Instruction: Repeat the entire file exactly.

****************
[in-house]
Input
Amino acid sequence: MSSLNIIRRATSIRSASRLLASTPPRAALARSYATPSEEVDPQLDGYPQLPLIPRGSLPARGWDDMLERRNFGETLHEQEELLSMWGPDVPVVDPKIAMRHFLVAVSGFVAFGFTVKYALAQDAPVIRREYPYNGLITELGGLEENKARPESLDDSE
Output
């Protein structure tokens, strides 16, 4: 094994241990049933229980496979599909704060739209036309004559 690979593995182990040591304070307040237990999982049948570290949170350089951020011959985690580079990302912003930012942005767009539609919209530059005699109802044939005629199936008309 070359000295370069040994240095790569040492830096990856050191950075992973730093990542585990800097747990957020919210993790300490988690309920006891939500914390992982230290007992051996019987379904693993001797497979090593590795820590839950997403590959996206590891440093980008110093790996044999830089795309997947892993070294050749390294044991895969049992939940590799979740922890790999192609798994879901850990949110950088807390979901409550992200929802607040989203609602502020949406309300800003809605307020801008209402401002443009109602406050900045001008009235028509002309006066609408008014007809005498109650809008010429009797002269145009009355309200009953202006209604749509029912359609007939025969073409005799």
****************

[in-house]
Input
Amino acid sequence: MSSLNIIRRATSIRSASRLLASTPPRAALARSYATPSEEVDPQLDGYPQLPLIPRGSLPARGWDDMLERRNFGETLHEQEELLSMWGPDVPVVDPKIAMRHFLVAVSGFVAFGFTVKYALAQDAPVIRREYPYNGLITELGGLEENKARPESLDDSE
Output
């Protein structure tokens, strides 16, 4: 094994241990049933229980496979599909704060739209036309004559 690979593995182990040591304070307040237990999982049948570290949170350089951020011959985690580079990302912003930012942005767009539609919209530059005699109802044939005629199936008309 070359000295370069040994240095790569040492830096990856050191950075992973730093990542585990800097747990957020919210993790300490988690309920006891939500914390992982230290007992051996019987379904693993001797497979090593590795820590839950997403590959996206590891440093980008110093790996044999830089795309997947892993070294050749390294044991895969049992939940590799979740922890790999192609798994879901850990949110950088807390979901409550992200929802607040989203609602502020949406309300800003809605307020801008209402401002443009109602406050900045001008009235028509002309006066609408008014007809005498109650809008010429009797002269145009009355309200009953202006209604749509029912359609007939025969073409005799």